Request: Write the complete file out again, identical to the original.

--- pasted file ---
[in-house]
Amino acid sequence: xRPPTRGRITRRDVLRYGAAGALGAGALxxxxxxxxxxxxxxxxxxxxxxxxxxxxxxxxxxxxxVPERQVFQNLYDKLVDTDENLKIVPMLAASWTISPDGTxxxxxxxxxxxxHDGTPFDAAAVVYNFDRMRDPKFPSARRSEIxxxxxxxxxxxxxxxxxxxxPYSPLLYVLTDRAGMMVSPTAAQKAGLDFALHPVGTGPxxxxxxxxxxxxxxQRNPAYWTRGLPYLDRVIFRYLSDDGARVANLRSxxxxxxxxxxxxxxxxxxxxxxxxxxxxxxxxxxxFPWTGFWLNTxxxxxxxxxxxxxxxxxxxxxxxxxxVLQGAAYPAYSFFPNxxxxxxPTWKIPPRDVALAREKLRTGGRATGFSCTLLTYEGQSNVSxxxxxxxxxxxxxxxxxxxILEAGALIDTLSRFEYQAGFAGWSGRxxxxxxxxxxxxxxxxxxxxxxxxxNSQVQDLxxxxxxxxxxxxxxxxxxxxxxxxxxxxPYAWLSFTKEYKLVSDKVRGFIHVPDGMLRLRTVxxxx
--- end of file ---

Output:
[in-house]
Amino acid sequence: xRPPTRGRITRRDVLRYGAAGALGAGALxxxxxxxxxxxxxxxxxxxxxxxxxxxxxxxxxxxxxVPERQVFQNLYDKLVDTDENLKIVPMLAASWTISPDGTxxxxxxxxxxxxHDGTPFDAAAVVYNFDRMRDPKFPSARRSEIxxxxxxxxxxxxxxxxxxxxPYSPLLYVLTDRAGMMVSPTAAQKAGLDFALHPVGTGPxxxxxxxxxxxxxxQRNPAYWTRGLPYLDRVIFRYLSDDGARVANLRSxxxxxxxxxxxxxxxxxxxxxxxxxxxxxxxxxxxFPWTGFWLNTxxxxxxxxxxxxxxxxxxxxxxxxxxVLQGAAYPAYSFFPNxxxxxxPTWKIPPRDVALAREKLRTGGRATGFSCTLLTYEGQSNVSxxxxxxxxxxxxxxxxxxxILEAGALIDTLSRFEYQAGFAGWSGRxxxxxxxxxxxxxxxxxxxxxxxxxNSQVQDLxxxxxxxxxxxxxxxxxxxxxxxxxxxxPYAWLSFTKEYKLVSDKVRGFIHVPDGMLRLRTVxxxx